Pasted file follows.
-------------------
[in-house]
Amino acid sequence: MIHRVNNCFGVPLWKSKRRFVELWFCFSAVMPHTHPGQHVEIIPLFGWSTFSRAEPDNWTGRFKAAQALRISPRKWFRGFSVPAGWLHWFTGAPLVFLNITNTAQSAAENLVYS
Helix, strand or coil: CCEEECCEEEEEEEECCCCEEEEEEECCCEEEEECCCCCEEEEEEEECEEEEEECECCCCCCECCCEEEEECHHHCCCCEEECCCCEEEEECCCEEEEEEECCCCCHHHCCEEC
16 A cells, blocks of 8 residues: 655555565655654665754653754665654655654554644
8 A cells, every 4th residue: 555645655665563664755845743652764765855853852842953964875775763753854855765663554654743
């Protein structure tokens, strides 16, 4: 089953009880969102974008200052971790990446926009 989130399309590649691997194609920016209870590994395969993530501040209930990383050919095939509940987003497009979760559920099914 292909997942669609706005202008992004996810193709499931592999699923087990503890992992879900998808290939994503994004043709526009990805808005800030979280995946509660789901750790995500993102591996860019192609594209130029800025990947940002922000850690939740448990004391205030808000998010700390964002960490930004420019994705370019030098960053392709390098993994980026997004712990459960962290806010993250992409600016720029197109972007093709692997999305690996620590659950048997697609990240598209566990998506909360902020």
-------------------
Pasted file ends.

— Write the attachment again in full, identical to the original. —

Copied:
[in-house]
Amino acid sequence: MIHRVNNCFGVPLWKSKRRFVELWFCFSAVMPHTHPGQHVEIIPLFGWSTFSRAEPDNWTGRFKAAQALRISPRKWFRGFSVPAGWLHWFTGAPLVFLNITNTAQSAAENLVYS
Helix, strand or coil: CCEEECCEEEEEEEECCCCEEEEEEECCCEEEEECCCCCEEEEEEEECEEEEEECECCCCCCECCCEEEEECHHHCCCCEEECCCCEEEEECCCEEEEEEECCCCCHHHCCEEC
16 A cells, blocks of 8 residues: 655555565655654665754653754665654655654554644
8 A cells, every 4th residue: 555645655665563664755845743652764765855853852842953964875775763753854855765663554654743
């Protein structure tokens, strides 16, 4: 089953009880969102974008200052971790990446926009 989130399309590649691997194609920016209870590994395969993530501040209930990383050919095939509940987003497009979760559920099914 292909997942669609706005202008992004996810193709499931592999699923087990503890992992879900998808290939994503994004043709526009990805808005800030979280995946509660789901750790995500993102591996860019192609594209130029800025990947940002922000850690939740448990004391205030808000998010700390964002960490930004420019994705370019030098960053392709390098993994980026997004712990459960962290806010993250992409600016720029197109972007093709692997999305690996620590659950048997697609990240598209566990998506909360902020």